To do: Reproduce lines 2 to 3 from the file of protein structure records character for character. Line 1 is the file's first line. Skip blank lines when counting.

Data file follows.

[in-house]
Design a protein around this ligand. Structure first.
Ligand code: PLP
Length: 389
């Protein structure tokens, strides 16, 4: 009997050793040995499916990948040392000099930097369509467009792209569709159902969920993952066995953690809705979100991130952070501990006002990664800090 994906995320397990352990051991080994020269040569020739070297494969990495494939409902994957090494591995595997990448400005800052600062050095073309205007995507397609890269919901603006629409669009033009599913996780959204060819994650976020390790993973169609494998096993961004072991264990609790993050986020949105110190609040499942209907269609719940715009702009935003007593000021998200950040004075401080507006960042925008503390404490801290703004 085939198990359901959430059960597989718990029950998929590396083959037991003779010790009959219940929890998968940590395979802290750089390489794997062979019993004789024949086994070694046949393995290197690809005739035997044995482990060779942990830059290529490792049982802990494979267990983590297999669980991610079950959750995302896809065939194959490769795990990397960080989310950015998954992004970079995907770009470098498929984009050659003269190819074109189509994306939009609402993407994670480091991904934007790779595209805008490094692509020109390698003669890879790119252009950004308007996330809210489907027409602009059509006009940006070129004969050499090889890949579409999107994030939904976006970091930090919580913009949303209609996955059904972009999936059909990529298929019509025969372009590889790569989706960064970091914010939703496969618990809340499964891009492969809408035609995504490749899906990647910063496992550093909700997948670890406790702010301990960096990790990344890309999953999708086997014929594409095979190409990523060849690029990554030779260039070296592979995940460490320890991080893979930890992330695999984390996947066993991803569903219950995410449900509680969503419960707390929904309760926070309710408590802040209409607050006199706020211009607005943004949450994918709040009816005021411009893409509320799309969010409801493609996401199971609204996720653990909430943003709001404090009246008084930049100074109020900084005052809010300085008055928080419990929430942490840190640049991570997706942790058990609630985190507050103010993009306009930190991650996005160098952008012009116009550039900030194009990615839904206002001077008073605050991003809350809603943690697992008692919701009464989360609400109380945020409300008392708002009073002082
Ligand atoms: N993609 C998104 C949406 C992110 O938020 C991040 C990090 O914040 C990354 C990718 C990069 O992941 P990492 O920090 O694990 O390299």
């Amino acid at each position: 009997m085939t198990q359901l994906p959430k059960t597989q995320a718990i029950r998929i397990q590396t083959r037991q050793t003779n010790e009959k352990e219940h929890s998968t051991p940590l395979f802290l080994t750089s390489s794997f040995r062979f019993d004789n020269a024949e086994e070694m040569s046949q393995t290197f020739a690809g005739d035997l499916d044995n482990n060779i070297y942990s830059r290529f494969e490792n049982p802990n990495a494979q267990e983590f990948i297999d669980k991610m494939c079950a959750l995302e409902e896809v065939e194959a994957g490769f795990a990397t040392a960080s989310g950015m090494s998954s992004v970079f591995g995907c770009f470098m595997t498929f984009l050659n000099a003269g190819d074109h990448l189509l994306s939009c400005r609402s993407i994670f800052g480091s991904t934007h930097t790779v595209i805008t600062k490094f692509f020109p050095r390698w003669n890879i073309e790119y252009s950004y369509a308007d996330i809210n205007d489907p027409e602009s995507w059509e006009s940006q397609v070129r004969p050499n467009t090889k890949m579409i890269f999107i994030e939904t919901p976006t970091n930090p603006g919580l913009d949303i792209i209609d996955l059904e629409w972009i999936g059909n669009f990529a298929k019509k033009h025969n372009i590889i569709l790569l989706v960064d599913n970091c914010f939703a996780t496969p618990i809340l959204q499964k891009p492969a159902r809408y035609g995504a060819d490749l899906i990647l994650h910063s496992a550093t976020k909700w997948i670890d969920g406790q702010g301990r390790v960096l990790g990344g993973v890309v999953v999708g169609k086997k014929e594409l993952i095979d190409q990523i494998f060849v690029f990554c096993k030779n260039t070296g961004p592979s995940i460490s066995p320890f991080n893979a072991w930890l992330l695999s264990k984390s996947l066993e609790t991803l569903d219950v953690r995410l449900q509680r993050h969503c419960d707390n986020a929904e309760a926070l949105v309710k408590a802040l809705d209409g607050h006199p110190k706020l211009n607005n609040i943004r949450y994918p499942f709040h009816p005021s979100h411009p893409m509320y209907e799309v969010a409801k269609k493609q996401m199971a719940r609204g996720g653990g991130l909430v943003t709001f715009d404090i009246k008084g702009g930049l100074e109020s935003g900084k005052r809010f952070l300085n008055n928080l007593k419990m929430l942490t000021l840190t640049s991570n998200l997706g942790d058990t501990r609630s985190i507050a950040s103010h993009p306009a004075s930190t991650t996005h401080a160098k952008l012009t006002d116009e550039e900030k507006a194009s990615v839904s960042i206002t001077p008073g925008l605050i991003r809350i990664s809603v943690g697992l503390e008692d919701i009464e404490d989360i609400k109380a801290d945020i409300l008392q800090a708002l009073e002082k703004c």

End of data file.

Design a protein around this ligand. Structure first.
Ligand code: PLP